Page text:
Forest Succession and Management
by Peter Smallidge
The succession of plant communities is a process that has drawn attention from woodlot owners, ecologists and foresters for decades. Succession deals with communities or groupings of various plant species in the same vicinity. Succession was one of the earliest ecological processes studied. The simple definition is the predictably and orderly progression of change in the plant species that dominate an area. The classic image is of grassy fields, followed by brush, then small trees, and finally forest. The details though are more involved and more interesting.
The cycle of succession starts with the response of a plant community to a disturbance of previously vegetated lands. Because plants occupied the site before the disturbance, this type of succession is known as secondary succession. Succession on land that did not previously have plants, such as soil exposed as a glacier retreats or a new sand bar in a river is called primary succession.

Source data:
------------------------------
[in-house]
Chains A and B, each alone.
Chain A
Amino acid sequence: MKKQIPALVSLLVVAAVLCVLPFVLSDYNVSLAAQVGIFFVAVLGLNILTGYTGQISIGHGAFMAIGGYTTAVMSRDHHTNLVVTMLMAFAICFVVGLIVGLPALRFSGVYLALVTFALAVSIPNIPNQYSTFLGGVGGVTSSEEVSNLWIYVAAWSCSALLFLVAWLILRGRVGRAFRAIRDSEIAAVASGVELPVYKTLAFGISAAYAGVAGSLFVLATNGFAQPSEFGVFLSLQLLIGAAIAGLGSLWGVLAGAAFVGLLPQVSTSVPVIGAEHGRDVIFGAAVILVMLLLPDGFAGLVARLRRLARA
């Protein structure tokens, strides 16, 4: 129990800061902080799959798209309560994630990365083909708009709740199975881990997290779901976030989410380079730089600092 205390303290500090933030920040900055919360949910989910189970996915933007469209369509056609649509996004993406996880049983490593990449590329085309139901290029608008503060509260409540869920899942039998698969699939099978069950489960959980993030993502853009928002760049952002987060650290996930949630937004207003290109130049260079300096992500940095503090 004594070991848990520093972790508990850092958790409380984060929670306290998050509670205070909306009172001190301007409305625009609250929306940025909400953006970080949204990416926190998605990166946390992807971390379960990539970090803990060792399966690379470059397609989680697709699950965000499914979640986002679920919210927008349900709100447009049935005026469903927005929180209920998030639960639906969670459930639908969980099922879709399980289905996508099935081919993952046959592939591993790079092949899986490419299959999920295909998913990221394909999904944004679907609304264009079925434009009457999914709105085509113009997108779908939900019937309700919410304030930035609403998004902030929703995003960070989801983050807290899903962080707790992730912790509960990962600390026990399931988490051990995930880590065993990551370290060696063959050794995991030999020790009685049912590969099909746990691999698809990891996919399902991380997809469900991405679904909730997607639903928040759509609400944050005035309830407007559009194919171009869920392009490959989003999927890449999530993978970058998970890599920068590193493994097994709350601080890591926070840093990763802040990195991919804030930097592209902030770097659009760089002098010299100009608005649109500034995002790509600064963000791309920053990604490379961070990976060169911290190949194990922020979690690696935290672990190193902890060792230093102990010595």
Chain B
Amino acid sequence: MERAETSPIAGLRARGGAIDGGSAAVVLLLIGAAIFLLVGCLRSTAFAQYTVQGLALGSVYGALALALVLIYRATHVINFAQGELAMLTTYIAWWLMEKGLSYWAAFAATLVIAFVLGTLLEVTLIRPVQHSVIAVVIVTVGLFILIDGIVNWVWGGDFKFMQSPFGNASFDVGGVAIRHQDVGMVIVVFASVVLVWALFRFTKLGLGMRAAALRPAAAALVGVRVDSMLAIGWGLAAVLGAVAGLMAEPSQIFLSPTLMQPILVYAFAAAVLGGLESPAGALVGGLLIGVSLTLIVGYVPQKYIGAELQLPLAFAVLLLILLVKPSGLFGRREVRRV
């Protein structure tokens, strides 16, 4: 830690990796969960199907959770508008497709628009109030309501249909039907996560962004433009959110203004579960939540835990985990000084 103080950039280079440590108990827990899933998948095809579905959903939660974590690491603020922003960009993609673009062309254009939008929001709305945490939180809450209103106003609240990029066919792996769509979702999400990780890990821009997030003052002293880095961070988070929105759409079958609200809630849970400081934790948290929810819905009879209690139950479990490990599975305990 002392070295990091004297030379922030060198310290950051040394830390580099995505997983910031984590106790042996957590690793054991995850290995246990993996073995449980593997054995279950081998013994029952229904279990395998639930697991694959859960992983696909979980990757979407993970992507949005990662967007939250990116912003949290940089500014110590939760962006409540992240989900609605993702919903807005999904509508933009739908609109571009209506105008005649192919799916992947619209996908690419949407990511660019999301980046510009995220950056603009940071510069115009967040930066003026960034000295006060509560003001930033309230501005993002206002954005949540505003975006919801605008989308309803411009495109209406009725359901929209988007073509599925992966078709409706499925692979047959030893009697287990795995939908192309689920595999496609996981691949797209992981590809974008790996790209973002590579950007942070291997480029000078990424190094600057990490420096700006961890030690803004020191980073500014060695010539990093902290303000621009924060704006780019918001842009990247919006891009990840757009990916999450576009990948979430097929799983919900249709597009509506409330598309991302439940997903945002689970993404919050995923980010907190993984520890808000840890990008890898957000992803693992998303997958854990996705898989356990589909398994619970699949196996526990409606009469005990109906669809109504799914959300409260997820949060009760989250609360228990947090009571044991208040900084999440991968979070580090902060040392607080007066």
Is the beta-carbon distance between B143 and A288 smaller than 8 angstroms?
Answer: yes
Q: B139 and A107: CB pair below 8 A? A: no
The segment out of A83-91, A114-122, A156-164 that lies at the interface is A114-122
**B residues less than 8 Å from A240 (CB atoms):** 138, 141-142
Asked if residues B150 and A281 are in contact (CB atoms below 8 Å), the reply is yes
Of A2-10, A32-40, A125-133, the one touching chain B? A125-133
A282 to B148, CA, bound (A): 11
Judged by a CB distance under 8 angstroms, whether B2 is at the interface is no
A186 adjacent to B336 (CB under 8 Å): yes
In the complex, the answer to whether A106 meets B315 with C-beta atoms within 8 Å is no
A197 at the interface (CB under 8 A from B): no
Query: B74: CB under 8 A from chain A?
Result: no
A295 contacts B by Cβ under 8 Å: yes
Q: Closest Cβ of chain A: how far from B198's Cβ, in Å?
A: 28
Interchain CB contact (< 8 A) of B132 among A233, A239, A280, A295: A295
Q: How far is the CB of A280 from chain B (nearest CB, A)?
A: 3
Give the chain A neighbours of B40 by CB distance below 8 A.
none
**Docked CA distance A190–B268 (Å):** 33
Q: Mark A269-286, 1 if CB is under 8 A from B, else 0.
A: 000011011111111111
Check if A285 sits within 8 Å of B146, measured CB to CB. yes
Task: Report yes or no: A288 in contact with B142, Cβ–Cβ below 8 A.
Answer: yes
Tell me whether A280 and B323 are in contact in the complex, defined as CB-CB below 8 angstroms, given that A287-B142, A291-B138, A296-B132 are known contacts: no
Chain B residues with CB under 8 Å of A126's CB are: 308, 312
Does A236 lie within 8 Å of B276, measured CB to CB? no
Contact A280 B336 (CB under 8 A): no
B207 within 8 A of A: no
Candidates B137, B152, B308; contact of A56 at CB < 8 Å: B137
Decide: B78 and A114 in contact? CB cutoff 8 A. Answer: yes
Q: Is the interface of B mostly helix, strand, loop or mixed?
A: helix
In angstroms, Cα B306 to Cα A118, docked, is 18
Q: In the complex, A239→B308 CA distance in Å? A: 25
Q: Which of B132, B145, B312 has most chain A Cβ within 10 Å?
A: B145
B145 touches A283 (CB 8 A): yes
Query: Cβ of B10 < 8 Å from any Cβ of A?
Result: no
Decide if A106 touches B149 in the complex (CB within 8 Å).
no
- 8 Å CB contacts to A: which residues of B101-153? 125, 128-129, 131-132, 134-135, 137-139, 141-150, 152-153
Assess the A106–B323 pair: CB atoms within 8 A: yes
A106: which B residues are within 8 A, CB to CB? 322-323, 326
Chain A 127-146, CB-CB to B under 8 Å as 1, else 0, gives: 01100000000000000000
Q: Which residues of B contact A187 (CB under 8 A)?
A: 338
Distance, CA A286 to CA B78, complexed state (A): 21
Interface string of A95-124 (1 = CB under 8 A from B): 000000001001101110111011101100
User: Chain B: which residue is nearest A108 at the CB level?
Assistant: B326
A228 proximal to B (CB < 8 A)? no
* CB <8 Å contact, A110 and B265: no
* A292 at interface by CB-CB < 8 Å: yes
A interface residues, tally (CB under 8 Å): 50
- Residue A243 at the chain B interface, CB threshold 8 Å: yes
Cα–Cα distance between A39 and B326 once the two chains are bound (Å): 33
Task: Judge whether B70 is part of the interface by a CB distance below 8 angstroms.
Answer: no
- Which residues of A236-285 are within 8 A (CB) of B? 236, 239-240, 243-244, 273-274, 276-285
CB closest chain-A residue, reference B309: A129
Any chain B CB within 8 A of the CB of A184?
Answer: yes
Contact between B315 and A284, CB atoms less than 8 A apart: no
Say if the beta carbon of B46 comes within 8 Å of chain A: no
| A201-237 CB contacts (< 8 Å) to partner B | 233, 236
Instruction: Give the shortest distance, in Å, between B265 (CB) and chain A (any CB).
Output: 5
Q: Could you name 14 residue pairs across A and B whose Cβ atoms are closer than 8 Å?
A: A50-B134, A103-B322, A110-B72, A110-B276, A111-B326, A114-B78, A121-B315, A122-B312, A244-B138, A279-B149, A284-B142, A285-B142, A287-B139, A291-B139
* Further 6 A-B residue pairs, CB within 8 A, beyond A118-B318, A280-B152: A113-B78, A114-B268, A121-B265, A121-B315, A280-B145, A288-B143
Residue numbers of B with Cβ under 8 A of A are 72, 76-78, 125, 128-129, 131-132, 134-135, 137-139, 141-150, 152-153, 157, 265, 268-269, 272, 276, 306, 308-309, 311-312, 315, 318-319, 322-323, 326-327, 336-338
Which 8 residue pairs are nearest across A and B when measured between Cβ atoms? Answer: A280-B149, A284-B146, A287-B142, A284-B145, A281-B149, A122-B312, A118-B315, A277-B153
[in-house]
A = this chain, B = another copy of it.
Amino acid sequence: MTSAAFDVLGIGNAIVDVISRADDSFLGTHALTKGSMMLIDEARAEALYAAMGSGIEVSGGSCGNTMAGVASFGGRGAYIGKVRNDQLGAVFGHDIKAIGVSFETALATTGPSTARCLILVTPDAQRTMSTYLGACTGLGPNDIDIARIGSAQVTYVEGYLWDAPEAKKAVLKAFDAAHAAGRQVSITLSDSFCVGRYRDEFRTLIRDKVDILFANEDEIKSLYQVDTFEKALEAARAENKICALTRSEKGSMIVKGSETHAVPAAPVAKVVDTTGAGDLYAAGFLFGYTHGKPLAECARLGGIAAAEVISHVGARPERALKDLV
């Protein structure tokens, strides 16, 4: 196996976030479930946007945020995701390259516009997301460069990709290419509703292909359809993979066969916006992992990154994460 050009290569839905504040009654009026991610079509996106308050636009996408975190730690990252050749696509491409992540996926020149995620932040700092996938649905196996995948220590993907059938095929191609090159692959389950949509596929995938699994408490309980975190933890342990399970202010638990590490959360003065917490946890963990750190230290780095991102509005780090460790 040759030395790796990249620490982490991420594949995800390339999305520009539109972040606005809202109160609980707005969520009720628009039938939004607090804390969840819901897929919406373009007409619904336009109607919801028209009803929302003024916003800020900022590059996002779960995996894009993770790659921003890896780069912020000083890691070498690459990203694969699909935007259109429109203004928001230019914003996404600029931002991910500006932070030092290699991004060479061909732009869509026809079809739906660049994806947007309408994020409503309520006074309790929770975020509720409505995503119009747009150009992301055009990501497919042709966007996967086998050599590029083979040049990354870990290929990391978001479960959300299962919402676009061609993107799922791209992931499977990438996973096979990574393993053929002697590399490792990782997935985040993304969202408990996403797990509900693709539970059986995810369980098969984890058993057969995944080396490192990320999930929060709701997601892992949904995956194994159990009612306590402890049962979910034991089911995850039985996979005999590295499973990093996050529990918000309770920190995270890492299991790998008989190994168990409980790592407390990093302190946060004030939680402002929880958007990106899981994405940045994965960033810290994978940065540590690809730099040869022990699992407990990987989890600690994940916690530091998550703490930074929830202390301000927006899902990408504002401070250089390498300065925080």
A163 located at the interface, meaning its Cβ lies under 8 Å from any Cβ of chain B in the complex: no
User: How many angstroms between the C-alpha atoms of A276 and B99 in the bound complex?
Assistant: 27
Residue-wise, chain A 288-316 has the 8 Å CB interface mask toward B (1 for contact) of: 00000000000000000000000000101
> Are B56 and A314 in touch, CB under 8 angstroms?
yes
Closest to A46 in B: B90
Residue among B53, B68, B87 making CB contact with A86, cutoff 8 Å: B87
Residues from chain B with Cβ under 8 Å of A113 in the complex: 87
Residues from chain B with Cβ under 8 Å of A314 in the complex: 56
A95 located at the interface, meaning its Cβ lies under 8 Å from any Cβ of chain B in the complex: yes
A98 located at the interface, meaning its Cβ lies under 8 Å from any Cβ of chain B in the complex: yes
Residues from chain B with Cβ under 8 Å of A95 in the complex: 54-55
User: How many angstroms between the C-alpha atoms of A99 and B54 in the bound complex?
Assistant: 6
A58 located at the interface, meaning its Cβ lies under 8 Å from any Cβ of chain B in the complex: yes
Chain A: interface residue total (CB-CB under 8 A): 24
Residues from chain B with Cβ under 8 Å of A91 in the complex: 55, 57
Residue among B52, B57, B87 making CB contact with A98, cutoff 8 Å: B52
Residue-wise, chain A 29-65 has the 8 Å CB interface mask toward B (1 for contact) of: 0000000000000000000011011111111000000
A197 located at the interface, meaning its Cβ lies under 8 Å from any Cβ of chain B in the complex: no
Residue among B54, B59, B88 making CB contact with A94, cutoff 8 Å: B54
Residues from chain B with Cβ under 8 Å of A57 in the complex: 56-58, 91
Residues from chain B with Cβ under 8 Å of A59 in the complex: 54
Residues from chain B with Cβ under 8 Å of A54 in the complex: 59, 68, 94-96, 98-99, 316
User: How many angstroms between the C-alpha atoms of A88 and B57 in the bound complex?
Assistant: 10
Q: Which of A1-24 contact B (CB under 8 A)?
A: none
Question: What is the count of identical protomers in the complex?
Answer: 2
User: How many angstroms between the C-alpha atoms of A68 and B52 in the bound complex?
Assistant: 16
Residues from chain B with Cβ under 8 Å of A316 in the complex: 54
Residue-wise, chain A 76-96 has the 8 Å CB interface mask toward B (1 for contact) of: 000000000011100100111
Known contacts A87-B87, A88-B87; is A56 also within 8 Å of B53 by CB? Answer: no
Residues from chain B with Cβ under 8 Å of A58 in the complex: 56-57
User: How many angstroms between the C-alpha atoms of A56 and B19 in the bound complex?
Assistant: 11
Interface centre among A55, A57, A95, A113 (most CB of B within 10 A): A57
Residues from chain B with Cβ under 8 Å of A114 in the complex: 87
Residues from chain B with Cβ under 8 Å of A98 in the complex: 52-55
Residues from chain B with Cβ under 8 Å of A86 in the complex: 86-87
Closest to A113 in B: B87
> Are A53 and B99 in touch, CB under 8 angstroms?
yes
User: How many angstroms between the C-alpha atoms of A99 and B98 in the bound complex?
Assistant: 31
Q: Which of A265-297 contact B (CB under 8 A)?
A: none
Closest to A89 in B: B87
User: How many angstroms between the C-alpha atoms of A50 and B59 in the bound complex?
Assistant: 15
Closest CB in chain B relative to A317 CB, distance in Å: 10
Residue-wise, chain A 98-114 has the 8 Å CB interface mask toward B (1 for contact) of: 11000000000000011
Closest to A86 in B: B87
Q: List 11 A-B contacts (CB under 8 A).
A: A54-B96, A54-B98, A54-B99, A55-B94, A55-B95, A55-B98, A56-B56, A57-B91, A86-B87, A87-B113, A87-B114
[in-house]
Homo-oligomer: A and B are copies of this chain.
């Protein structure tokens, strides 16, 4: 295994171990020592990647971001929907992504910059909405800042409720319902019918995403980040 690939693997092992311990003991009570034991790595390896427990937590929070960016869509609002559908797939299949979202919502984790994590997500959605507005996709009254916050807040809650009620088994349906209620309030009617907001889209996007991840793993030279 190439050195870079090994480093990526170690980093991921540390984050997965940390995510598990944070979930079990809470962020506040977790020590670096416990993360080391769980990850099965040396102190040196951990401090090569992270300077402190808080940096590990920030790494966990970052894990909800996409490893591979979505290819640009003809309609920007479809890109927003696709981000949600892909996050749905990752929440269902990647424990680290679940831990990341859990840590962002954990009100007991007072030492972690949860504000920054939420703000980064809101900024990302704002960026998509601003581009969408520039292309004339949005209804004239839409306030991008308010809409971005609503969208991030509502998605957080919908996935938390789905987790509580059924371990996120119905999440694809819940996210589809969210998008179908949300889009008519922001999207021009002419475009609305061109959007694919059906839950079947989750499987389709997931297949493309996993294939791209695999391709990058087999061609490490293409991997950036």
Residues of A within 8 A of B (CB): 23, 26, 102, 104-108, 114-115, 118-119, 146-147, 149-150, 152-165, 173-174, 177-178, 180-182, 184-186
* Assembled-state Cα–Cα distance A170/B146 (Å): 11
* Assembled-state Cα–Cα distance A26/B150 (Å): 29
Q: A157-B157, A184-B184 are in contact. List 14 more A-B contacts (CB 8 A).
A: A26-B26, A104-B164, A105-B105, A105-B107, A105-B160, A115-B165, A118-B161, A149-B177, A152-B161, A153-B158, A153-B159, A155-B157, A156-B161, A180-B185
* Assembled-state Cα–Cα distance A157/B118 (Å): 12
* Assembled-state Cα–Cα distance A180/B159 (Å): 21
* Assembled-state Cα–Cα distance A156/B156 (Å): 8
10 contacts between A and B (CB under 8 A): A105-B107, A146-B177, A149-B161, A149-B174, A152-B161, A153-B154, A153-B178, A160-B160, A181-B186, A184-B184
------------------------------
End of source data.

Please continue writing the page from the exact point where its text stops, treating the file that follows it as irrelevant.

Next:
Forest succession is simply the succession or the orderly and predictable change in the dominant species of forest plants. The change in dominance occurs because the plants that dominate early often die early, allowing longer lived plants dominance. In the Northeast, most lands have gone through, and continue with, succession since agricultural lands were abandoned. Most agricultural abandonment happened between 1880 and 1950s, and our forests are thus 70 to 120 years old. In additional to agriculture, the forest might have been extensively cut-over, or disturbed by hurricanes or fire, and plants regrew. All owners are observing forest succession on their property as the forest changes through time.
Forest ecologists recognize four phases of forest succession, or what is sometimes called forest development. These phases are: (i) stand initiation, (ii) stem exclusion, (iii) understory reinitiation, and (iv) steady state. Each phase has specific characteristics that are typical regardless of the type of forest that is succeeding. The timing of each phase is variable and difficult to anticipate. Each phase also has a variety of management practices that, depending on ownership objective, are relevant and timely. In all phases, assistance from a forester will help focus effort on those activities most likely to support ownership objectives.